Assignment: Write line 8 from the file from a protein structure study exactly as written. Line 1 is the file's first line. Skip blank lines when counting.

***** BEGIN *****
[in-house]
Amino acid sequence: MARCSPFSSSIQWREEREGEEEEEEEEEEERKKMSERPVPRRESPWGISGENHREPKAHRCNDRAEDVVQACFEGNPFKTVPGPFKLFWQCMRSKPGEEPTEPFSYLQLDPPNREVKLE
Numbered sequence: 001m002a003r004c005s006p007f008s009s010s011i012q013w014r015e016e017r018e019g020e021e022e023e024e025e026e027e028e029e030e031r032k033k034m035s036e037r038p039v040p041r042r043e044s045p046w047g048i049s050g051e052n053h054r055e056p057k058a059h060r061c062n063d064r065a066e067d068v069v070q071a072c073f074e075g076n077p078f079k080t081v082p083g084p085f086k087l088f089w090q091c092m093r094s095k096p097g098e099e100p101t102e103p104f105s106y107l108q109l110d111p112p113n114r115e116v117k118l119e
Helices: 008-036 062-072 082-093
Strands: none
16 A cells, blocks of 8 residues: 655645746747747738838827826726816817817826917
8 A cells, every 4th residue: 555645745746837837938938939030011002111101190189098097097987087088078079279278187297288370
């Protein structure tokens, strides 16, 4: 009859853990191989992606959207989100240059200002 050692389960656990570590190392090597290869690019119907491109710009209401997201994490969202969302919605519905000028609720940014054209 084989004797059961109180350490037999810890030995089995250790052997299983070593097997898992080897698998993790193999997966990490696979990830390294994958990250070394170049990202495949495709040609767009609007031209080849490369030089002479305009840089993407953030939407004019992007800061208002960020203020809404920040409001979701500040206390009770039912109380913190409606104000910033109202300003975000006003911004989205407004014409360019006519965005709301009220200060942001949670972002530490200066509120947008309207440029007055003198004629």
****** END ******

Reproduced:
């Protein structure tokens, strides 16, 4: 009859853990191989992606959207989100240059200002 050692389960656990570590190392090597290869690019119907491109710009209401997201994490969202969302919605519905000028609720940014054209 084989004797059961109180350490037999810890030995089995250790052997299983070593097997898992080897698998993790193999997966990490696979990830390294994958990250070394170049990202495949495709040609767009609007031209080849490369030089002479305009840089993407953030939407004019992007800061208002960020203020809404920040409001979701500040206390009770039912109380913190409606104000910033109202300003975000006003911004989205407004014409360019006519965005709301009220200060942001949670972002530490200066509120947008309207440029007055003198004629």